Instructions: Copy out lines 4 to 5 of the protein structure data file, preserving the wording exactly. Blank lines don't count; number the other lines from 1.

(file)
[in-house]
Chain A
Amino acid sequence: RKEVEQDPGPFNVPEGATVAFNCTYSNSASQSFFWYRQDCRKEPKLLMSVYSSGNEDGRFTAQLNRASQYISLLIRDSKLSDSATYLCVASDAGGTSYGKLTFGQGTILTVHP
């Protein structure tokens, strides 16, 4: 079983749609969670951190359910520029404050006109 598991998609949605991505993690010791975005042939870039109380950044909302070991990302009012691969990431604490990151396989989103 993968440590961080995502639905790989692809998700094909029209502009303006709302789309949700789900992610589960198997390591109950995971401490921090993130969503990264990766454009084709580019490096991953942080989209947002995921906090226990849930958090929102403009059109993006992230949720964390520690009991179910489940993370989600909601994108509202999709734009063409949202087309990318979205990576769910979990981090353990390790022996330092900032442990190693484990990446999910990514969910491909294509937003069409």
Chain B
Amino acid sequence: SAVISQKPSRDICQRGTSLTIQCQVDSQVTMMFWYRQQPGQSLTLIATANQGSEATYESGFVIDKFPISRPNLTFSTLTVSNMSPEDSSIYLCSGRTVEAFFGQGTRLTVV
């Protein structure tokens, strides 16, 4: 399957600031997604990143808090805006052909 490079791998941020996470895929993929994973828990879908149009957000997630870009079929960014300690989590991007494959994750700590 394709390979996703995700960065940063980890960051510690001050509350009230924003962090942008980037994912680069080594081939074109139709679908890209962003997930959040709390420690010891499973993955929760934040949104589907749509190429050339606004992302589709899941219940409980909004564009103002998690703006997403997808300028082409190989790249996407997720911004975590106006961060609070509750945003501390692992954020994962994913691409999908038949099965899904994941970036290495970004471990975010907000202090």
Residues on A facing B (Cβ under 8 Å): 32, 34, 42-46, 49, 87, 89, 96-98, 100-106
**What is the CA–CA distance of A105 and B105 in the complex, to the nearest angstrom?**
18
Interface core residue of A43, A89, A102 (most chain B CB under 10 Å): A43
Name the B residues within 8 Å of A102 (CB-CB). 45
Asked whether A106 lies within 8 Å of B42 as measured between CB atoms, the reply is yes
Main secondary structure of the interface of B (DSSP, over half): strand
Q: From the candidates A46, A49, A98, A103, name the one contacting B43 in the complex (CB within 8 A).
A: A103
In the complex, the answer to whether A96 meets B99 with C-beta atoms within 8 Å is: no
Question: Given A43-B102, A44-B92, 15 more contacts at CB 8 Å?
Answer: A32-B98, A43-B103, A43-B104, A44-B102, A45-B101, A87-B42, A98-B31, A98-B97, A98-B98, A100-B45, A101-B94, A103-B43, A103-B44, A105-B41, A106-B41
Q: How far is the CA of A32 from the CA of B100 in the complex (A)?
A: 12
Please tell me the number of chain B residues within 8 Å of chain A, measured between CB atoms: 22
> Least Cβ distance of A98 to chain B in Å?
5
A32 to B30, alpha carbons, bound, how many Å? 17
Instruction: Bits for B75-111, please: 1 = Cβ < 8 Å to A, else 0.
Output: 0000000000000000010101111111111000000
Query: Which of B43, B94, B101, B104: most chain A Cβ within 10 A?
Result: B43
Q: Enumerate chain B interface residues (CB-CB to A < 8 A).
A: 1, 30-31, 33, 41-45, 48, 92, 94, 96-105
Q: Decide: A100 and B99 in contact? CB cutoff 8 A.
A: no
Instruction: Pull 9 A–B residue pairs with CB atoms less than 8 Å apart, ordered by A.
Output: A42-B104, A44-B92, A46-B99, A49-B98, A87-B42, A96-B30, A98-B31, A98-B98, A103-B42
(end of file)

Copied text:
């Protein structure tokens, strides 16, 4: 079983749609969670951190359910520029404050006109 598991998609949605991505993690010791975005042939870039109380950044909302070991990302009012691969990431604490990151396989989103 993968440590961080995502639905790989692809998700094909029209502009303006709302789309949700789900992610589960198997390591109950995971401490921090993130969503990264990766454009084709580019490096991953942080989209947002995921906090226990849930958090929102403009059109993006992230949720964390520690009991179910489940993370989600909601994108509202999709734009063409949202087309990318979205990576769910979990981090353990390790022996330092900032442990190693484990990446999910990514969910491909294509937003069409």
Chain B